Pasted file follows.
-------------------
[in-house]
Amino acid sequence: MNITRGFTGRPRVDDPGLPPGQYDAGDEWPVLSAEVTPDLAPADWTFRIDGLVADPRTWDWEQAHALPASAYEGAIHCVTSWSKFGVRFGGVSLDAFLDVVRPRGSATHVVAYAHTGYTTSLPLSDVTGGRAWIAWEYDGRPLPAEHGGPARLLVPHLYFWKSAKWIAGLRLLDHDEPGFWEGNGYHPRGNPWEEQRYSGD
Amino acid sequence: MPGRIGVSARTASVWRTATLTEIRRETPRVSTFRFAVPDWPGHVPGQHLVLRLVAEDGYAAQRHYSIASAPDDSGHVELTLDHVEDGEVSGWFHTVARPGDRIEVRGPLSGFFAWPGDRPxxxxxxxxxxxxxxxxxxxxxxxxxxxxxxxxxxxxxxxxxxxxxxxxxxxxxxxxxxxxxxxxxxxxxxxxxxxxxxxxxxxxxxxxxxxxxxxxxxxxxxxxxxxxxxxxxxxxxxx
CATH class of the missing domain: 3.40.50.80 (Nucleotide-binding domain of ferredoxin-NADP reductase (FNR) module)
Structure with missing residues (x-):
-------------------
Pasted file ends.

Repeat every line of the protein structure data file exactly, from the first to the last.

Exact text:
[in-house]
Amino acid sequence: MNITRGFTGRPRVDDPGLPPGQYDAGDEWPVLSAEVTPDLAPADWTFRIDGLVADPRTWDWEQAHALPASAYEGAIHCVTSWSKFGVRFGGVSLDAFLDVVRPRGSATHVVAYAHTGYTTSLPLSDVTGGRAWIAWEYDGRPLPAEHGGPARLLVPHLYFWKSAKWIAGLRLLDHDEPGFWEGNGYHPRGNPWEEQRYSGD
Amino acid sequence: MPGRIGVSARTASVWRTATLTEIRRETPRVSTFRFAVPDWPGHVPGQHLVLRLVAEDGYAAQRHYSIASAPDDSGHVELTLDHVEDGEVSGWFHTVARPGDRIEVRGPLSGFFAWPGDRPxxxxxxxxxxxxxxxxxxxxxxxxxxxxxxxxxxxxxxxxxxxxxxxxxxxxxxxxxxxxxxxxxxxxxxxxxxxxxxxxxxxxxxxxxxxxxxxxxxxxxxxxxxxxxxxxxxxxxxx
CATH class of the missing domain: 3.40.50.80 (Nucleotide-binding domain of ferredoxin-NADP reductase (FNR) module)
Structure with missing residues (x-):